Submarine crack detection technology now applied to rail lines

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The synergy between military and civilian applications has again been shown with the Institute for Maritime Technology’s (IMT) ultrasonic broken rail detector (UBRD).

The IMT is a division of Armscor and operates out of its own premises in Simon’s Town. Along with other Armscor divisions and operating units it has included in its mandate facilitating the transfer of equipment and technology designed specifically for military applications to civilian ones.

UBRD technology was initially developed for the maritime industry to detect cracks on submarines using sensor technology.

Following this the developers went further, taking the UBRD concept to reliably detect breaks in train rails under harsh environmental conditions. The design of the system makes it suitable for solar powered, remote operation.

System installation is speedy, simple and does not require track modification, fitting of tracking bonds or trenching.

A contract was placed with IMT to supply, install and commission the UBRD system on a 5.2 km stretch of a 67 km newly built rail belonging to Eskom, part of the state-owned electricity supply company’s Majuba Project.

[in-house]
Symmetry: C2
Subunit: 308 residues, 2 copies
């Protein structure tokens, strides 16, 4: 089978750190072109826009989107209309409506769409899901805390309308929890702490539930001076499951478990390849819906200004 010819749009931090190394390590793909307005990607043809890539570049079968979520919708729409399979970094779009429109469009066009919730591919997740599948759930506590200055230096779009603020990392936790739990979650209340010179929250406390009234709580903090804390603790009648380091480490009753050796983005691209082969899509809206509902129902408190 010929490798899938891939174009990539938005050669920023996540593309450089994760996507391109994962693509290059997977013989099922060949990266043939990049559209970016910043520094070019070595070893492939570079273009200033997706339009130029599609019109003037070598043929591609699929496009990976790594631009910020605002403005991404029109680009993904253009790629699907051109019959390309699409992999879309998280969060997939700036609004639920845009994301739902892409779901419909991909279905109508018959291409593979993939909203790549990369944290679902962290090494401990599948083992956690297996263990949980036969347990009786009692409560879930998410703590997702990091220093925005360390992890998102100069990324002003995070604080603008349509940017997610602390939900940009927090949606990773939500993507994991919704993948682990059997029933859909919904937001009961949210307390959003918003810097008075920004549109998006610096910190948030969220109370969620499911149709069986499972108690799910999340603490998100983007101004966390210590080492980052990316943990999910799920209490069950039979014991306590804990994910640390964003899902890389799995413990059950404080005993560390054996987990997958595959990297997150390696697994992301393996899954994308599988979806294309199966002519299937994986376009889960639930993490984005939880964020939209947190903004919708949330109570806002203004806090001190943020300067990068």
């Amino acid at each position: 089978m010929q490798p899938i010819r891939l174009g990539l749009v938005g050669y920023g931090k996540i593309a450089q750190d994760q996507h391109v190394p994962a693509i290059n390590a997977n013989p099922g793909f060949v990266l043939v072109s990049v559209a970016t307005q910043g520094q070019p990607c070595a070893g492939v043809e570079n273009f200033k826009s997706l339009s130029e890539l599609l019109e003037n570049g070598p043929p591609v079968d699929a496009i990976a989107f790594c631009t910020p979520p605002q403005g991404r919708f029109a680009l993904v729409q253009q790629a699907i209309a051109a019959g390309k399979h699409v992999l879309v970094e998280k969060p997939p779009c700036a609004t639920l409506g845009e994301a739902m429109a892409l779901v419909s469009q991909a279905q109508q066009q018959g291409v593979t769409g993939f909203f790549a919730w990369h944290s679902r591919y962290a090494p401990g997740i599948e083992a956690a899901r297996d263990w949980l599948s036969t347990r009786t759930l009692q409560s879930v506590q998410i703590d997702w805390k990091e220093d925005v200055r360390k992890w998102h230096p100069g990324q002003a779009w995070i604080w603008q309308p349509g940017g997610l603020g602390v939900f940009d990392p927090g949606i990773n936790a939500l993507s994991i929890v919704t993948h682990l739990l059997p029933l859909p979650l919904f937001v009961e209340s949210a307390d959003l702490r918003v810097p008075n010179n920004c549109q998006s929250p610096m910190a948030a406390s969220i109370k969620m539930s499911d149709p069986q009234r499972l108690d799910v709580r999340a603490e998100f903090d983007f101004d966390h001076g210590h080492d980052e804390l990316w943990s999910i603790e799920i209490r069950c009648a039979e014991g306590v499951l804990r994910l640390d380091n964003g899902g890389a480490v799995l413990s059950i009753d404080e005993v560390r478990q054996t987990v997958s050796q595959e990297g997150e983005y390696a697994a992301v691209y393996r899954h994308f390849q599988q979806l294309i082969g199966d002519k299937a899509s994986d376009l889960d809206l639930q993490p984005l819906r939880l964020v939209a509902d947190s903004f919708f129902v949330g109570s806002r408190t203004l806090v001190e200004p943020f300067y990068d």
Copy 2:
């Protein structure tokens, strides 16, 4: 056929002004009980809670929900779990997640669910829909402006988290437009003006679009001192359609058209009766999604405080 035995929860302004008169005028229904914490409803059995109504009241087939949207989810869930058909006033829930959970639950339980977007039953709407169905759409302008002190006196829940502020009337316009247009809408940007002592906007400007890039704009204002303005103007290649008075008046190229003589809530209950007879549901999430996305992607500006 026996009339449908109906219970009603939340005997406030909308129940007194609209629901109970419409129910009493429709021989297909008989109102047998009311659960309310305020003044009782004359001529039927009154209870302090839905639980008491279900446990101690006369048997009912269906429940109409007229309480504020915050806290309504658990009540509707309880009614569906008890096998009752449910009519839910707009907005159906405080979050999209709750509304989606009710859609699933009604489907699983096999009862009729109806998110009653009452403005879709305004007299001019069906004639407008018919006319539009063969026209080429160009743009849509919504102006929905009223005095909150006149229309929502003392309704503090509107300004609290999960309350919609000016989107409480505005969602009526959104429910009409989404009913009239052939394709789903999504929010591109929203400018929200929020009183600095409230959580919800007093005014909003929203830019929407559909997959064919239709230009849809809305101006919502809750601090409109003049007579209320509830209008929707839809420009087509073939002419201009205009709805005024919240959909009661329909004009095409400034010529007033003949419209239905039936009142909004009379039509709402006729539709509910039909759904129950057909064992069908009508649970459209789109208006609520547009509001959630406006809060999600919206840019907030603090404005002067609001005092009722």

The rail system will see trains delivering coal to Majuba power station in Mpumalanga.

IMT has made steady progress on the contract, according to the Armscor newsletter. Sixty percent of the project is complete. All UBRD sub-system hardware and test equipment was delivered to the client in October 2017.

IMT also completed a signal strength and site survey at predetermined UBRD stations. The purpose of the signal strength and site survey is to ensure once the UBRD system is installed it will deliver optimal performance.



Installation and commissioning was scheduled for November 2017. Due to the rail site not being ready on time, this has been provisionally rescheduled for August 2018.